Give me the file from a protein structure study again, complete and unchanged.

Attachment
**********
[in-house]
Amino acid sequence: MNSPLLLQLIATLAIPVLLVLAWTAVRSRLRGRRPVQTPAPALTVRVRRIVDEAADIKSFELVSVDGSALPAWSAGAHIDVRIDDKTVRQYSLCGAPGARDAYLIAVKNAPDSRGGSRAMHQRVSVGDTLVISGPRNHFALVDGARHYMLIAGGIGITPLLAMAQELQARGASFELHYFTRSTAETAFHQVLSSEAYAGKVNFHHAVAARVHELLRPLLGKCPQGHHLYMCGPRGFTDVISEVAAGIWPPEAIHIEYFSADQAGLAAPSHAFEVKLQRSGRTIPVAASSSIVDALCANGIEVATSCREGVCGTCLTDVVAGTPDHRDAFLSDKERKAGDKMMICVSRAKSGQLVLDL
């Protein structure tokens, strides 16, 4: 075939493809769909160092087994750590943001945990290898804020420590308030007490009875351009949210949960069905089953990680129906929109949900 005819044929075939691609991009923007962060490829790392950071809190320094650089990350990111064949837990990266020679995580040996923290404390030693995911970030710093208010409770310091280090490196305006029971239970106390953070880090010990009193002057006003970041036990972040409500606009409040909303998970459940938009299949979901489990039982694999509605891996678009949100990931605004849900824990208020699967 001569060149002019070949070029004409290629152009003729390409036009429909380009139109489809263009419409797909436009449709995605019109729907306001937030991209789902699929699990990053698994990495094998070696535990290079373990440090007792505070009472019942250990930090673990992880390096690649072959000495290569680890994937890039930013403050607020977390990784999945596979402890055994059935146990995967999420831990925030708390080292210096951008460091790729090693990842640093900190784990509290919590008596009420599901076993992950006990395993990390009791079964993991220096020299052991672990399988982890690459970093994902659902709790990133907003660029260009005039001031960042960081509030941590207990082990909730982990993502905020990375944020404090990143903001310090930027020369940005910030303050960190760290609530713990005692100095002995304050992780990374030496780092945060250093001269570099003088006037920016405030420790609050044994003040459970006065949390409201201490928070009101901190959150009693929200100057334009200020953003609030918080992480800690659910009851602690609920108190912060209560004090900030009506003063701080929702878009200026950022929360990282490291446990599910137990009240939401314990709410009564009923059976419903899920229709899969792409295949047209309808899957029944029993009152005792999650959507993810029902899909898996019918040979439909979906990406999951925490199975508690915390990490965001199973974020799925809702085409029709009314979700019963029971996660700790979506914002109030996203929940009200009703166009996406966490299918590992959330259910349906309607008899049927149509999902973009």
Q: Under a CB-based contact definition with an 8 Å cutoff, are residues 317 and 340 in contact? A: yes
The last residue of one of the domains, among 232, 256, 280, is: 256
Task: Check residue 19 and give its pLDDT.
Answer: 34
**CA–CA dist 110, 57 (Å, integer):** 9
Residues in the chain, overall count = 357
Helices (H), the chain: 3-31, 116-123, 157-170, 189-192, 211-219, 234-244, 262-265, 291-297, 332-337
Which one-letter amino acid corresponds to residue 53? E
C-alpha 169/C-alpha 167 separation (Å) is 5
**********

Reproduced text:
[in-house]
Amino acid sequence: MNSPLLLQLIATLAIPVLLVLAWTAVRSRLRGRRPVQTPAPALTVRVRRIVDEAADIKSFELVSVDGSALPAWSAGAHIDVRIDDKTVRQYSLCGAPGARDAYLIAVKNAPDSRGGSRAMHQRVSVGDTLVISGPRNHFALVDGARHYMLIAGGIGITPLLAMAQELQARGASFELHYFTRSTAETAFHQVLSSEAYAGKVNFHHAVAARVHELLRPLLGKCPQGHHLYMCGPRGFTDVISEVAAGIWPPEAIHIEYFSADQAGLAAPSHAFEVKLQRSGRTIPVAASSSIVDALCANGIEVATSCREGVCGTCLTDVVAGTPDHRDAFLSDKERKAGDKMMICVSRAKSGQLVLDL
């Protein structure tokens, strides 16, 4: 075939493809769909160092087994750590943001945990290898804020420590308030007490009875351009949210949960069905089953990680129906929109949900 005819044929075939691609991009923007962060490829790392950071809190320094650089990350990111064949837990990266020679995580040996923290404390030693995911970030710093208010409770310091280090490196305006029971239970106390953070880090010990009193002057006003970041036990972040409500606009409040909303998970459940938009299949979901489990039982694999509605891996678009949100990931605004849900824990208020699967 001569060149002019070949070029004409290629152009003729390409036009429909380009139109489809263009419409797909436009449709995605019109729907306001937030991209789902699929699990990053698994990495094998070696535990290079373990440090007792505070009472019942250990930090673990992880390096690649072959000495290569680890994937890039930013403050607020977390990784999945596979402890055994059935146990995967999420831990925030708390080292210096951008460091790729090693990842640093900190784990509290919590008596009420599901076993992950006990395993990390009791079964993991220096020299052991672990399988982890690459970093994902659902709790990133907003660029260009005039001031960042960081509030941590207990082990909730982990993502905020990375944020404090990143903001310090930027020369940005910030303050960190760290609530713990005692100095002995304050992780990374030496780092945060250093001269570099003088006037920016405030420790609050044994003040459970006065949390409201201490928070009101901190959150009693929200100057334009200020953003609030918080992480800690659910009851602690609920108190912060209560004090900030009506003063701080929702878009200026950022929360990282490291446990599910137990009240939401314990709410009564009923059976419903899920229709899969792409295949047209309808899957029944029993009152005792999650959507993810029902899909898996019918040979439909979906990406999951925490199975508690915390990490965001199973974020799925809702085409029709009314979700019963029971996660700790979506914002109030996203929940009200009703166009996406966490299918590992959330259910349906309607008899049927149509999902973009």
Q: Under a CB-based contact definition with an 8 Å cutoff, are residues 317 and 340 in contact? A: yes
The last residue of one of the domains, among 232, 256, 280, is: 256
Task: Check residue 19 and give its pLDDT.
Answer: 34
**CA–CA dist 110, 57 (Å, integer):** 9
Residues in the chain, overall count = 357
Helices (H), the chain: 3-31, 116-123, 157-170, 189-192, 211-219, 234-244, 262-265, 291-297, 332-337
Which one-letter amino acid corresponds to residue 53? E
C-alpha 169/C-alpha 167 separation (Å) is 5